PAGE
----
1245 BST 13th July DIARY
We left Lerwick the day before yesterday and were moored engine off Bergen Seilforening yesterday evening at 1720 BST.
We started the engine at 0920 BST and having spoken to Lerwick Harbour for permission to get underway to the south we sailed slowly out of the harbour in light northerly winds. We were in the lee of the land having cleared the entrance and slowly sailed SE to clear Bressay. 3 NM SSE of Bard Head we set a course due E for Bergen and were fairly close hauled on port in flat seas making about 6 knots through the water.
I was expecting the wind to build from the north and north west with maximum wind speeds of about 20 knots nearing the Norwegian coast.
For much of the afternoon the wind was variable in strength but with night approaching I slipped a reef in the main at 2100 (more businesslike than any actual need at that point), furled the genoa and set the stay sail.
45 minutes later a second reef went in the main as the wind had increased. The day had been lovely with blue skies, but it was fast becoming overcast. By midnight the wind was a NW5 and in the very few hours of twilight, with daylight throughout to the north, the wind continued to build accompanied by an uncomfortable sea state.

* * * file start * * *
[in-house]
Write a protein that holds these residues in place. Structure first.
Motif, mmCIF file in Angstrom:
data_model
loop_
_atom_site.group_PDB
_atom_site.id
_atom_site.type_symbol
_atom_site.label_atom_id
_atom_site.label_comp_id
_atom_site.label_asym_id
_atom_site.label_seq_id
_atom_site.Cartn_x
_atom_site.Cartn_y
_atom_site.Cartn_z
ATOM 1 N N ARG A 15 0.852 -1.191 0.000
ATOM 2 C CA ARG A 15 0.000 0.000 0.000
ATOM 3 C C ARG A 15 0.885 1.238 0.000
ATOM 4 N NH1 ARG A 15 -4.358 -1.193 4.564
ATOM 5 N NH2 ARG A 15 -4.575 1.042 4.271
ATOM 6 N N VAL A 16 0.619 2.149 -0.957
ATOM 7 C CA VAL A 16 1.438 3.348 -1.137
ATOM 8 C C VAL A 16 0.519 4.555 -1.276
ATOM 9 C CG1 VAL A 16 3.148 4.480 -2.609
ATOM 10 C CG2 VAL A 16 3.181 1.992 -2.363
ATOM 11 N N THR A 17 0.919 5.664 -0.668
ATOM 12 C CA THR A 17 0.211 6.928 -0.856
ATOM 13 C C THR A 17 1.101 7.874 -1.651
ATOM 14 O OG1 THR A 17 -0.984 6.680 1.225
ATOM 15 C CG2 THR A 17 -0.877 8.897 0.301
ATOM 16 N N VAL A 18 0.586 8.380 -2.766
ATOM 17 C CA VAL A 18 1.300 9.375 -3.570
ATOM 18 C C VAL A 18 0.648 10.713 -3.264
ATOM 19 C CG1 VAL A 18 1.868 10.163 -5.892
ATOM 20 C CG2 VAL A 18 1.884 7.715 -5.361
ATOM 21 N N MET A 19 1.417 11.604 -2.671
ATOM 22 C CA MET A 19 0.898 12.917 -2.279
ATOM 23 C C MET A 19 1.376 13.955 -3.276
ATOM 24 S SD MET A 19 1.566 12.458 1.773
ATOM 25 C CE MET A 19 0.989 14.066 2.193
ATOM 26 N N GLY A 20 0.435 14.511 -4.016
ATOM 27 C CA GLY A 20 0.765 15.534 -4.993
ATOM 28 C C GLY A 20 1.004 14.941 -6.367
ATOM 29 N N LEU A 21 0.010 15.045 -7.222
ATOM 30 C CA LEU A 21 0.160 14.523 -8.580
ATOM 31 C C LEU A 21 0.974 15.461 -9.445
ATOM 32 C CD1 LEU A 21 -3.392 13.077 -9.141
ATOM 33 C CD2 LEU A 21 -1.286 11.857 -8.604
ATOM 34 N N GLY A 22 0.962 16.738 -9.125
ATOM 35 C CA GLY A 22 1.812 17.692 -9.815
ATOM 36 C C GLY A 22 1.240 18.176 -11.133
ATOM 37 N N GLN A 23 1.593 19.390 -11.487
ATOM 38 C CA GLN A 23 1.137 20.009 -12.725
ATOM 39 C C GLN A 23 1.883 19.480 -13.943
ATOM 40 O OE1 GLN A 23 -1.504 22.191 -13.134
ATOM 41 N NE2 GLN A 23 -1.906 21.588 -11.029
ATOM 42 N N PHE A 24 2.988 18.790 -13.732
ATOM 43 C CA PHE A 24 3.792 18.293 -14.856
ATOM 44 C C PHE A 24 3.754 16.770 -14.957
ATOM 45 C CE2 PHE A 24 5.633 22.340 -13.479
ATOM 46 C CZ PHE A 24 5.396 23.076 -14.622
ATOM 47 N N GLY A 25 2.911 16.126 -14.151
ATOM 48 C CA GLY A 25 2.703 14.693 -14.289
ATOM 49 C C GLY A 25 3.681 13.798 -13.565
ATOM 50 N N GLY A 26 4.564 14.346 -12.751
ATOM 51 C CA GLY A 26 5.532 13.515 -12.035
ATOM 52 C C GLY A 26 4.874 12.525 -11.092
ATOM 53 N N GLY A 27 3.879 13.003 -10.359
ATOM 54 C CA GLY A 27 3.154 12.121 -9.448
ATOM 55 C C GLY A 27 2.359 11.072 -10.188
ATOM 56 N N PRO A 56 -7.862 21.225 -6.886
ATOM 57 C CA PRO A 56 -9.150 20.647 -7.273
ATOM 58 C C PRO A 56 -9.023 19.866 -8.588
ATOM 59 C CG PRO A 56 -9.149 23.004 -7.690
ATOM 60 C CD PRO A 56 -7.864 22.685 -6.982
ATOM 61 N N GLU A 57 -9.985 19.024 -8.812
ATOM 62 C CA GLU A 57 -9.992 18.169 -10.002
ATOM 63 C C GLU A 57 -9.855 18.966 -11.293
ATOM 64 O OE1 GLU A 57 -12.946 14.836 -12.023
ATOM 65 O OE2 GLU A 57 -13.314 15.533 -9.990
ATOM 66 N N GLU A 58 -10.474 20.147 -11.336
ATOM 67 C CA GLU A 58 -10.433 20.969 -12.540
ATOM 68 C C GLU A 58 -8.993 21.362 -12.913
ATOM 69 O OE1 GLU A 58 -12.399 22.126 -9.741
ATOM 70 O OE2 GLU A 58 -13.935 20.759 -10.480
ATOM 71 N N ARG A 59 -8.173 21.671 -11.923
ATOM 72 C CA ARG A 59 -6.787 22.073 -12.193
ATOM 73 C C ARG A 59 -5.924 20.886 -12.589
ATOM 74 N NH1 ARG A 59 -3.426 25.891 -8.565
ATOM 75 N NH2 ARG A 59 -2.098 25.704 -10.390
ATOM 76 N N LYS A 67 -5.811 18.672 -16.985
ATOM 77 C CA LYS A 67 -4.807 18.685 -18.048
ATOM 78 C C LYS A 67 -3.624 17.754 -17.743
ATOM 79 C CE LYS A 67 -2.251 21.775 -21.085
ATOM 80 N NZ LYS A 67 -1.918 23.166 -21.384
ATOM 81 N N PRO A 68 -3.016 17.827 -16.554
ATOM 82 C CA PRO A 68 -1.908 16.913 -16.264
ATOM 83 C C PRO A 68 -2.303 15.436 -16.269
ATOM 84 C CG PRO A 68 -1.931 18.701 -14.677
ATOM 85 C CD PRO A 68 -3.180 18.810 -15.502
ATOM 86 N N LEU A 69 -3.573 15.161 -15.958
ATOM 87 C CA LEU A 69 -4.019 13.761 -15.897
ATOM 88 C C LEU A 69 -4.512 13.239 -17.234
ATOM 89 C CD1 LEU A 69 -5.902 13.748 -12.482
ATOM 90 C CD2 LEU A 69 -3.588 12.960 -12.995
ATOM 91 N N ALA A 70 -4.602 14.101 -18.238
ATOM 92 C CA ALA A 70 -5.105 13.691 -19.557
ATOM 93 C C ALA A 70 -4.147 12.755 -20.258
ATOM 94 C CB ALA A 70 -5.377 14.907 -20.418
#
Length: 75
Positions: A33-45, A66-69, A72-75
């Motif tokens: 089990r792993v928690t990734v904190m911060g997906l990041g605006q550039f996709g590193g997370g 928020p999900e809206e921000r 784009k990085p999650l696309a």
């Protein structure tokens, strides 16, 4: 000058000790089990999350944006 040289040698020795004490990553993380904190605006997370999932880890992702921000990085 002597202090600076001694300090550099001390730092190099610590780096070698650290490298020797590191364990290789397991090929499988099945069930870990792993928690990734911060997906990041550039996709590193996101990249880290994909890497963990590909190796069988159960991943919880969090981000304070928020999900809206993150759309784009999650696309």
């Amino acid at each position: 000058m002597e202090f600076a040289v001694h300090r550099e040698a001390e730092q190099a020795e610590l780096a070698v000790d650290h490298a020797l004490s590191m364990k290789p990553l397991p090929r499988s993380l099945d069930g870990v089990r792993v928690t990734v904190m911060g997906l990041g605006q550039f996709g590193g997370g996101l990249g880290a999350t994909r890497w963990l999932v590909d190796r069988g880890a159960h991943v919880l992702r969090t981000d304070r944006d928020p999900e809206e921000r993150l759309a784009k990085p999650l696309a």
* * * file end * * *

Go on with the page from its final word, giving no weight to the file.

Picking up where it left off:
At 0545 I put some charge in to the batteries as the autohelm was working very hard. The sea had slowly gone from moderate to rough.
At 0600 I remarked in the log that the seas were tricky. I had not managed my sleeping very well in the uncomfortable seas and I was getting cold. I had to get in to the aft cabin and get some thermals. By the time I had them out and on and was dressed again I felt sick. I went in to the cockpit, wretched once or twice and that was it. The sickness quickly passed. We were just under a hundred miles from land in both directions so this was no time to feel under the weather.
At 0840 the batteries were charged and with the solar panels kicking in, even with the overcast, I switched the engine off.